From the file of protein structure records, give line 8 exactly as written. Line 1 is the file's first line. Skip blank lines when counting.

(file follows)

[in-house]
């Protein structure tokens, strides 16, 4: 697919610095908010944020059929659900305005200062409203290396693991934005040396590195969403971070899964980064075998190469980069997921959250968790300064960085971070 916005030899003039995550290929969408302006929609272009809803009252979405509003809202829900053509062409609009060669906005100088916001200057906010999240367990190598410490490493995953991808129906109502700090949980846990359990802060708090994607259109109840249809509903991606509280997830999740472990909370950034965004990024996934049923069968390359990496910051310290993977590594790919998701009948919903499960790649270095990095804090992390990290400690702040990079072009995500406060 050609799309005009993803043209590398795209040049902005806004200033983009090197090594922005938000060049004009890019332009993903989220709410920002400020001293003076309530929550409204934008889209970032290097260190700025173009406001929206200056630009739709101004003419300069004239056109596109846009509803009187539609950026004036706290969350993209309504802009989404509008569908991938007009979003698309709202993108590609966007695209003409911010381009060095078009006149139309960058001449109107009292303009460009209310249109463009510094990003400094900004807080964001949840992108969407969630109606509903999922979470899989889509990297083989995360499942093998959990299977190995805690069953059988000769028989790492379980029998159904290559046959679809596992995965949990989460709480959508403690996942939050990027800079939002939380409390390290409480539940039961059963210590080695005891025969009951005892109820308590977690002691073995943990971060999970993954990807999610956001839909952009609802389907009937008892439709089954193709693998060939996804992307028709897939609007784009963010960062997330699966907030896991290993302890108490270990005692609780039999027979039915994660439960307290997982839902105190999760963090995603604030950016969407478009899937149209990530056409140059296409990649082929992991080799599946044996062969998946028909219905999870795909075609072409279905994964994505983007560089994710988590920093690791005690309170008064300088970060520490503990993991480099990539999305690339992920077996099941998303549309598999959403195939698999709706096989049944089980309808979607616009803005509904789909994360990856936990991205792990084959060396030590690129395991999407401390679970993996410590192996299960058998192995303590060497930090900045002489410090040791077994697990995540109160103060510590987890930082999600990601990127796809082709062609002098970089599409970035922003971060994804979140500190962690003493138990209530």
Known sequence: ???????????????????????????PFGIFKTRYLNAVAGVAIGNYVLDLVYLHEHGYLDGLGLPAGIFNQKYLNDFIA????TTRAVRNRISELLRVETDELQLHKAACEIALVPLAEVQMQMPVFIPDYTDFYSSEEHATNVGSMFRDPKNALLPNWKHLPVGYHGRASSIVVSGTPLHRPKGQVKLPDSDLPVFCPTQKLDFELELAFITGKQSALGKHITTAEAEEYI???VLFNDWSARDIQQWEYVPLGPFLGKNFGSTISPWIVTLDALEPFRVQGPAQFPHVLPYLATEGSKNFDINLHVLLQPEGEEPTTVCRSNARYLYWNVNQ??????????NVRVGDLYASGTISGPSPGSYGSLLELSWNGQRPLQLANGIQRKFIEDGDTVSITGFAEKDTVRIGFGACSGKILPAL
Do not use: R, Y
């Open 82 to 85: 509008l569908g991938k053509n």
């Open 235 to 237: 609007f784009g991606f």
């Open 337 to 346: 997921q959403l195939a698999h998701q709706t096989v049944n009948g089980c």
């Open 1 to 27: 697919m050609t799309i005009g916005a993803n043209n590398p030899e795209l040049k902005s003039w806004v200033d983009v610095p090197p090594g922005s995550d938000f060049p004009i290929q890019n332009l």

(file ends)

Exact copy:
């Open 1 to 27: 697919m050609t799309i005009g916005a993803n043209n590398p030899e795209l040049k902005s003039w806004v200033d983009v610095p090197p090594g922005s995550d938000f060049p004009i290929q890019n332009l």